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FISH Food Pantry Can Help With More Than Just Food





Jim King, left, president of the Archbold FISH Food Pantry board, with Lynn Lehman, pantry director, in front of shelves of foodstuffs at the FISH facility on South Defiance Street. About 100 households use the pantry, but Lehman said many more are eligible.– photo by Pam Graber

Jim King, left, president of the Archbold FISH Food Pantry board, with Lynn Lehman, pantry director, in front of shelves of foodstuffs at the FISH facility on South Defiance Street. About 100 households use the pantry, but Lehman said many more are eligible.– photo by Pam Graber

The Archbold FISH Food Pantry is a source of help for more than just food.

“We’ve done household winterization projects, car checks in the fall, replaced car batteries,” said Jim King, board president for the pantry.

“We can help with rent, utilities, and prescriptions. We even helped with gas a time or two,” said Lynn Lehman, pantry director.

“We even have a connection with a local church to get budgeting help. In fact, I just had somebody call recently, asking about that.”

“We’ve also started doing some community outreach. Last year, we hosted five cookouts for the East Gardens community. We plan to do five again this coming summer.”

Volunteers

About 30 volunteers keep the pantry running.

“We have people that come in each week to unload the truck when it comes,” Lehman said.

“There are people that work the desk to check people in; people that stock the shelves. There are youth groups that help clean on Saturdays.”

The pantry is filled both by donations, and by some purchasing through the Toledo Food Bank.

“We never know what we’re going to get,” Lehman said. “Sometimes we get donations of things that we need, and some things that are just unique.”

“Some things we don’t need,” King laughed.

“But, the right client will walk in and say, ‘Hey, I’ve been looking for lima beans, or canned asparagus,’ or whatever,” Lehman said.

State requirements to use the pantry change each July.

Currently, a household of four with an annual income of $50,199 or less qualifies to visit FISH.

“There are so many people out there who could be using our service,” Lehman said.

“I understand why they don’t, though. People are proud, and they don’t want to come to the pantry and admit that they need some help.”

About 100 households use the pantry each month.

“That’s down from when I started,” Lehman said.

“When I started, that number was about 130.”

“I think the economy is better, and more of them found jobs. The majority of our clients are working parttime, or are on disability, or are veterans.”

Welcoming

“We do our best to make this building as warm and welcoming as a cement block building can be,” Lehman said.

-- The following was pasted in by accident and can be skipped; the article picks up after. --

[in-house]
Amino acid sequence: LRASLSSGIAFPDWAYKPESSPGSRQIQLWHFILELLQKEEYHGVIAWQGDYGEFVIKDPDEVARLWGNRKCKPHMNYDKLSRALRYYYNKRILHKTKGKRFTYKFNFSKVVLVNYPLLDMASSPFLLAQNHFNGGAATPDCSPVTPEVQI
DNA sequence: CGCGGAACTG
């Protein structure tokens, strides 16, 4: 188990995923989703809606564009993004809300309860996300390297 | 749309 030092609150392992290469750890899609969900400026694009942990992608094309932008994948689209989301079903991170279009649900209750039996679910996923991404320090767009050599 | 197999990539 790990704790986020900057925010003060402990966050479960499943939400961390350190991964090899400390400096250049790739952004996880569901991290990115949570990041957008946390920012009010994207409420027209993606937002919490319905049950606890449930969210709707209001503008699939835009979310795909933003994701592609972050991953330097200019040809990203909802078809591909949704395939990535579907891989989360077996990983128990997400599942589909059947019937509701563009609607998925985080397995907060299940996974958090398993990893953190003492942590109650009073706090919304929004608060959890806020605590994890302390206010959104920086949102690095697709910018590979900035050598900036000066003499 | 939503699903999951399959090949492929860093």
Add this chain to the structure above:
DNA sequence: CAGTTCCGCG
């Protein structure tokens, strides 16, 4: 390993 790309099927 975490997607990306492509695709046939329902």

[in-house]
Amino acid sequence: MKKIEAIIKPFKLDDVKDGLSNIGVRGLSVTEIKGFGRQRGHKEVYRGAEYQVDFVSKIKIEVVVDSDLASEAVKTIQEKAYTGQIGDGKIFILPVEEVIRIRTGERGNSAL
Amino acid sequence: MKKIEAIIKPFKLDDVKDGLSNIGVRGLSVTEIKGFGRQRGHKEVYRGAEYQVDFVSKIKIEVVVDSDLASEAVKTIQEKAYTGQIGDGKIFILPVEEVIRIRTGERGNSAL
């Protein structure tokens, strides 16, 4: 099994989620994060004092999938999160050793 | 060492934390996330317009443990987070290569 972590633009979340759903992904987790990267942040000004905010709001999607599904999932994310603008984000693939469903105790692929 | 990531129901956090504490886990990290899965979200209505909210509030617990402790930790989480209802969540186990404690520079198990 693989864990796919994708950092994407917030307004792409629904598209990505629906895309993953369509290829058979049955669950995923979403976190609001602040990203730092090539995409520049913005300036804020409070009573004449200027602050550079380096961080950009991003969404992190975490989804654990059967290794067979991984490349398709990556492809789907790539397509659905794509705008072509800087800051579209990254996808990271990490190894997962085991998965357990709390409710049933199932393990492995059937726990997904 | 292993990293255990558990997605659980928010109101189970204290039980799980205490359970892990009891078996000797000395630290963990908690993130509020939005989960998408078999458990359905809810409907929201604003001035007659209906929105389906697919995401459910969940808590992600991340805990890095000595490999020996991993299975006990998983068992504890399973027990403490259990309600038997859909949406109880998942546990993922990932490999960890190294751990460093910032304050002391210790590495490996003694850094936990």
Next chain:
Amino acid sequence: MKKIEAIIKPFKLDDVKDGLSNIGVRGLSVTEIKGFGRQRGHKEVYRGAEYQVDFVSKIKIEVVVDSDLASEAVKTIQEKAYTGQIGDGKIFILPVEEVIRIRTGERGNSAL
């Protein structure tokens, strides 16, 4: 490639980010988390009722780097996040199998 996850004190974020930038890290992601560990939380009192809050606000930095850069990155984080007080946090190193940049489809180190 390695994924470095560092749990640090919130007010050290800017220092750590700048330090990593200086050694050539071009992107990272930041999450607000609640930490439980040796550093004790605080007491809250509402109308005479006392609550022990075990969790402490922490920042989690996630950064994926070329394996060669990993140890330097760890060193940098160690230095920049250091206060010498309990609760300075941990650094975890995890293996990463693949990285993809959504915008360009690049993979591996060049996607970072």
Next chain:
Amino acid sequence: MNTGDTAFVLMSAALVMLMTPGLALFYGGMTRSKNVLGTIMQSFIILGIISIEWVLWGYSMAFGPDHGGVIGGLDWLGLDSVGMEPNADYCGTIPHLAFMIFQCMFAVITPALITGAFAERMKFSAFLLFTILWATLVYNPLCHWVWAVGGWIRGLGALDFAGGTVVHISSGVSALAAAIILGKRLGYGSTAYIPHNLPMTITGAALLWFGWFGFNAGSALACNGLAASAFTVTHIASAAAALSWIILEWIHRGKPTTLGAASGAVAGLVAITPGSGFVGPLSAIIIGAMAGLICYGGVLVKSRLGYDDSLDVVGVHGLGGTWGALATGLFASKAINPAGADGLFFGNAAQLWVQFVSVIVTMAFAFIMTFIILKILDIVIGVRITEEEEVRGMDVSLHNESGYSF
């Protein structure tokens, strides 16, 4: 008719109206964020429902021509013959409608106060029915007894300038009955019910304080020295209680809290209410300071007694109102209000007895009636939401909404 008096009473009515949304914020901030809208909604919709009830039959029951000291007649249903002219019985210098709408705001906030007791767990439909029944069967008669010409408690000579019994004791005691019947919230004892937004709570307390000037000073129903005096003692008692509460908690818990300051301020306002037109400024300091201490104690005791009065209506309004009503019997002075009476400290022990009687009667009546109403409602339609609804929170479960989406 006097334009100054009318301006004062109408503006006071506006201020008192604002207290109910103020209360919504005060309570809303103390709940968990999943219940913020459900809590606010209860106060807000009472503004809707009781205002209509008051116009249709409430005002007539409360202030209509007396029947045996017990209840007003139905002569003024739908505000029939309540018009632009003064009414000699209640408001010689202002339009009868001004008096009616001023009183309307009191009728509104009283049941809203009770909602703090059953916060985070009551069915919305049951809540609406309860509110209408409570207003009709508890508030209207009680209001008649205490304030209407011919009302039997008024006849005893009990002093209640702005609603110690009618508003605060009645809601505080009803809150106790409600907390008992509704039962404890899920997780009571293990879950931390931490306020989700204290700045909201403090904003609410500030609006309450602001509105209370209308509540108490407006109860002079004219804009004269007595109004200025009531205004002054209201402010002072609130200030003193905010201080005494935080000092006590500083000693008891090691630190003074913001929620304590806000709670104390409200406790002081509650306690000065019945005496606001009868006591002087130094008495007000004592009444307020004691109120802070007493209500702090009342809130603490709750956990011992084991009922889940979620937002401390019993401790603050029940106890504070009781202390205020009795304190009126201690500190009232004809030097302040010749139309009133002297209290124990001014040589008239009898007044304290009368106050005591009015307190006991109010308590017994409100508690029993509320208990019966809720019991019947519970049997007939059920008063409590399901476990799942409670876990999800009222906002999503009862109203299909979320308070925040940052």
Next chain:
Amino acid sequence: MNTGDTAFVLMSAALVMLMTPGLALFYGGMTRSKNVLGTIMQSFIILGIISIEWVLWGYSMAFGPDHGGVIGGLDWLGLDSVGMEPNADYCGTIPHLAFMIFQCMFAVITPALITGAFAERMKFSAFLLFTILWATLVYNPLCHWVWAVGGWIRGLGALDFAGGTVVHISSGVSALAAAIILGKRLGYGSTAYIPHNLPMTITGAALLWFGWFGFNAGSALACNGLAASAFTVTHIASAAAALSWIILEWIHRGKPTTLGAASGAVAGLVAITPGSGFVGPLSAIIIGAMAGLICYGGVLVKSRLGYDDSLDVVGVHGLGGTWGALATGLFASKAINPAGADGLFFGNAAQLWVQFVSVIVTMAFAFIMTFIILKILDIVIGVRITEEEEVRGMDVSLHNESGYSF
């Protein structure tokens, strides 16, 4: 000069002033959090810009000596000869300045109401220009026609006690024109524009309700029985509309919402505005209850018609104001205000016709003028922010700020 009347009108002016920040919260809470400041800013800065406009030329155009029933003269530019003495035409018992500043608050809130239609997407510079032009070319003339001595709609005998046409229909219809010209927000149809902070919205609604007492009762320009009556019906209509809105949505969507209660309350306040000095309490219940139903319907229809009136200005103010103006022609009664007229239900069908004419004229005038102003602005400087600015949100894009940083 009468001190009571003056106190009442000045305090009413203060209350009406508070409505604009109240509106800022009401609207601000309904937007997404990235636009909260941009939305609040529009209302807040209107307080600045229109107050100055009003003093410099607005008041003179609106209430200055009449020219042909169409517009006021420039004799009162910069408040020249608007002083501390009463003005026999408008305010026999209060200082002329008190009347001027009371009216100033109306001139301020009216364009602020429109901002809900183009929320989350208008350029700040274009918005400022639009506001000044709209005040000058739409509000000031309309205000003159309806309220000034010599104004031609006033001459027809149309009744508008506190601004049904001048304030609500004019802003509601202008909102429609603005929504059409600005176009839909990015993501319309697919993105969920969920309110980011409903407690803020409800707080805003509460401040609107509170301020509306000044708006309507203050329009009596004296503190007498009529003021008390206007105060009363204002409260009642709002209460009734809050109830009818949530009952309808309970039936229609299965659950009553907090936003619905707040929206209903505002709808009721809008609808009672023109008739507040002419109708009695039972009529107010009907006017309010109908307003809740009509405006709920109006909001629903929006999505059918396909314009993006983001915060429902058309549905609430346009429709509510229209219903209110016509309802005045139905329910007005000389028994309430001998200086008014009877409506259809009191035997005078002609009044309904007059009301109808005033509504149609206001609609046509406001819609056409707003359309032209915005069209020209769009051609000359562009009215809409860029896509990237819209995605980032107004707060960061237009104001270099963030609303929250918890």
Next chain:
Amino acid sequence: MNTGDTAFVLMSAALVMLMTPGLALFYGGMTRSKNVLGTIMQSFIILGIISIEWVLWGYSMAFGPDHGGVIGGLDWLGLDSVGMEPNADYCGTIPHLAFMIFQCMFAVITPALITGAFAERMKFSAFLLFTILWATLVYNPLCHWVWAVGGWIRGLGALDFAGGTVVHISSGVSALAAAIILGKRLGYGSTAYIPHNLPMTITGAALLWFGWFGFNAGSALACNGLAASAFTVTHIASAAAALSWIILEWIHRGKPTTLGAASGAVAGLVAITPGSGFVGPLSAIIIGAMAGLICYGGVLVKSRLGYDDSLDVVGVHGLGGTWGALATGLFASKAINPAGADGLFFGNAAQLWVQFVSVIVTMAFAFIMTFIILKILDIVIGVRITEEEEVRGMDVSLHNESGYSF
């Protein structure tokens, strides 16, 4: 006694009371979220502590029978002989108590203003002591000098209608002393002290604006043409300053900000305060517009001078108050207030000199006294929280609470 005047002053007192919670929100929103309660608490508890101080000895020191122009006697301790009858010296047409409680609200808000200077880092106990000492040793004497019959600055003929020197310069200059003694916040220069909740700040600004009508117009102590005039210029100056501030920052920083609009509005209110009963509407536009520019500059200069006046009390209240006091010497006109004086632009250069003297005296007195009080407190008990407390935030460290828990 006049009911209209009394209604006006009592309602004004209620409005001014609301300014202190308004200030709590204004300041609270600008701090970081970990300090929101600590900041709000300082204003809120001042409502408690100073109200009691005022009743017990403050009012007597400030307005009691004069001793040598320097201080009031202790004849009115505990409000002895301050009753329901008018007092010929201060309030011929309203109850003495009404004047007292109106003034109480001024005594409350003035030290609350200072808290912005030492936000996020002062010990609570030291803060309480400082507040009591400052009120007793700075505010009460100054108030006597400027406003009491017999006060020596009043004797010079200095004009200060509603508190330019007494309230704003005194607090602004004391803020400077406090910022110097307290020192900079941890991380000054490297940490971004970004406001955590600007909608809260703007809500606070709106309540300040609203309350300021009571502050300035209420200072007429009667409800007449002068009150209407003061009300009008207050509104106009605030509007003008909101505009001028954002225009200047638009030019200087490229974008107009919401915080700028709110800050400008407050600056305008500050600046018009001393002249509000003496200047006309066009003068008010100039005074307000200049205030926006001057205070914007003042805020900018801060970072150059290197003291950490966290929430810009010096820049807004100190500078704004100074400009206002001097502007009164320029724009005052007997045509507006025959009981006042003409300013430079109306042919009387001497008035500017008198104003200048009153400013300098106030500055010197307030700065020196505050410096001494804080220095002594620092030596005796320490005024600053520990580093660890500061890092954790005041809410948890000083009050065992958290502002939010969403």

“People here are accepting and non-judgmental. It’s a good place to be among friends.”

“When I first started, the clients would come in and there would be dead silence. Now, it’s kind of cool to hear the chit-chat going on and the laughter while they wait their turn.”

The Archbold FISH Food Pantry is available to individuals or families who live in the Archbold School District, who have an Archbold mailing address, or who attend a church that supports the pantry.

Each household may visit the pantry one time per month, and they check in using a Pantry Track card.

“We are one of the few pantries in the area where the clients get to pick and choose the items they take home with them,” Lehman said.

“Most pantries have boxes pre-made. You pull up, they ask how many in your home, and they give you a box that matches the number in your house.”

The amount that clients can take is based on the size of their household.

“No matter what, though, when they leave, they have a shopping cart full of stuff,” Lehman said.

“There’s no limit on the bread or the fresh produce.”

Items that seem to fly off the shelves include soups, pastas, crackers, cereals, canned mushrooms, mandarin oranges, canned potatoes, toilet paper, paper towels, diapers– especially sizes 5 and 6– canned beef, and coffee.

Tremendous Support

“We are very fortunate,” Lehman said.

“We have a tremendous amount of support.

“We have one church that supplies laundry detergent so that every client goes home with a bottle of laundry detergent.

“The Boy Scouts do a food drive. The post office does a food drive. Church youth groups and churches gather items for us.”

“The F&M Bank supplies the space,” King said. “That’s huge!”

“There are a lot of very generous people in this community,” Lehman said. “Not only giving to the pantry, but also, the clients receiving are giving back to us as they can.

“We’re always looking for ways to reach out to the community. We’ve referred people to local pastors for counseling.”

“We’ve taken them to church with us,” King said.

“Wherever we can step in and help, we try to find a way to do it.”


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